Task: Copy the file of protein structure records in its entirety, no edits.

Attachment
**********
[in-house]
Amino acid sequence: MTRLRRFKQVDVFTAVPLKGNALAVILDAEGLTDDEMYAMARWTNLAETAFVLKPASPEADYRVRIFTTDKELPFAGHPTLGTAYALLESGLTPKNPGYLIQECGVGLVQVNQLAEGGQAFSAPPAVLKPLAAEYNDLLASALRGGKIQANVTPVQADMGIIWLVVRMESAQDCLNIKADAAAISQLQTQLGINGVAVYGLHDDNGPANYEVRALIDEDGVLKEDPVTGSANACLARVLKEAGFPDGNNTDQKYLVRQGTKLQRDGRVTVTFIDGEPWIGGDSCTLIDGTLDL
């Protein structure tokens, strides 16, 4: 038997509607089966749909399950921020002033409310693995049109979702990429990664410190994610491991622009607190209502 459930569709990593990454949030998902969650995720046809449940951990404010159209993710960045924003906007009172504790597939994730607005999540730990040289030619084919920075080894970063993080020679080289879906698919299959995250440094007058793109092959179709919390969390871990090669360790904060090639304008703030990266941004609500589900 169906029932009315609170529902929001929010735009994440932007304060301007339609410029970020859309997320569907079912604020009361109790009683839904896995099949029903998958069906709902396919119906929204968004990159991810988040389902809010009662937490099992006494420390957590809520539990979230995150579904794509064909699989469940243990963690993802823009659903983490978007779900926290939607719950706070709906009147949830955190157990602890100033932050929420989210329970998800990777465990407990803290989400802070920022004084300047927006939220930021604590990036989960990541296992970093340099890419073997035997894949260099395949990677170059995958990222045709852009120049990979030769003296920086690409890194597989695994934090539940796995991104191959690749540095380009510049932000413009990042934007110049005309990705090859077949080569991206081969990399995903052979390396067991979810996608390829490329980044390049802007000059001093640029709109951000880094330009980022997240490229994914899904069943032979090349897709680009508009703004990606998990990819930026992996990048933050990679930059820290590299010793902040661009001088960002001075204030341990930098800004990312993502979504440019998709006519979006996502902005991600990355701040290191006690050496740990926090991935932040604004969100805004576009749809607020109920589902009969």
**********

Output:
[in-house]
Amino acid sequence: MTRLRRFKQVDVFTAVPLKGNALAVILDAEGLTDDEMYAMARWTNLAETAFVLKPASPEADYRVRIFTTDKELPFAGHPTLGTAYALLESGLTPKNPGYLIQECGVGLVQVNQLAEGGQAFSAPPAVLKPLAAEYNDLLASALRGGKIQANVTPVQADMGIIWLVVRMESAQDCLNIKADAAAISQLQTQLGINGVAVYGLHDDNGPANYEVRALIDEDGVLKEDPVTGSANACLARVLKEAGFPDGNNTDQKYLVRQGTKLQRDGRVTVTFIDGEPWIGGDSCTLIDGTLDL
């Protein structure tokens, strides 16, 4: 038997509607089966749909399950921020002033409310693995049109979702990429990664410190994610491991622009607190209502 459930569709990593990454949030998902969650995720046809449940951990404010159209993710960045924003906007009172504790597939994730607005999540730990040289030619084919920075080894970063993080020679080289879906698919299959995250440094007058793109092959179709919390969390871990090669360790904060090639304008703030990266941004609500589900 169906029932009315609170529902929001929010735009994440932007304060301007339609410029970020859309997320569907079912604020009361109790009683839904896995099949029903998958069906709902396919119906929204968004990159991810988040389902809010009662937490099992006494420390957590809520539990979230995150579904794509064909699989469940243990963690993802823009659903983490978007779900926290939607719950706070709906009147949830955190157990602890100033932050929420989210329970998800990777465990407990803290989400802070920022004084300047927006939220930021604590990036989960990541296992970093340099890419073997035997894949260099395949990677170059995958990222045709852009120049990979030769003296920086690409890194597989695994934090539940796995991104191959690749540095380009510049932000413009990042934007110049005309990705090859077949080569991206081969990399995903052979390396067991979810996608390829490329980044390049802007000059001093640029709109951000880094330009980022997240490229994914899904069943032979090349897709680009508009703004990606998990990819930026992996990048933050990679930059820290590299010793902040661009001088960002001075204030341990930098800004990312993502979504440019998709006519979006996502902005991600990355701040290191006690050496740990926090991935932040604004969100805004576009749809607020109920589902009969």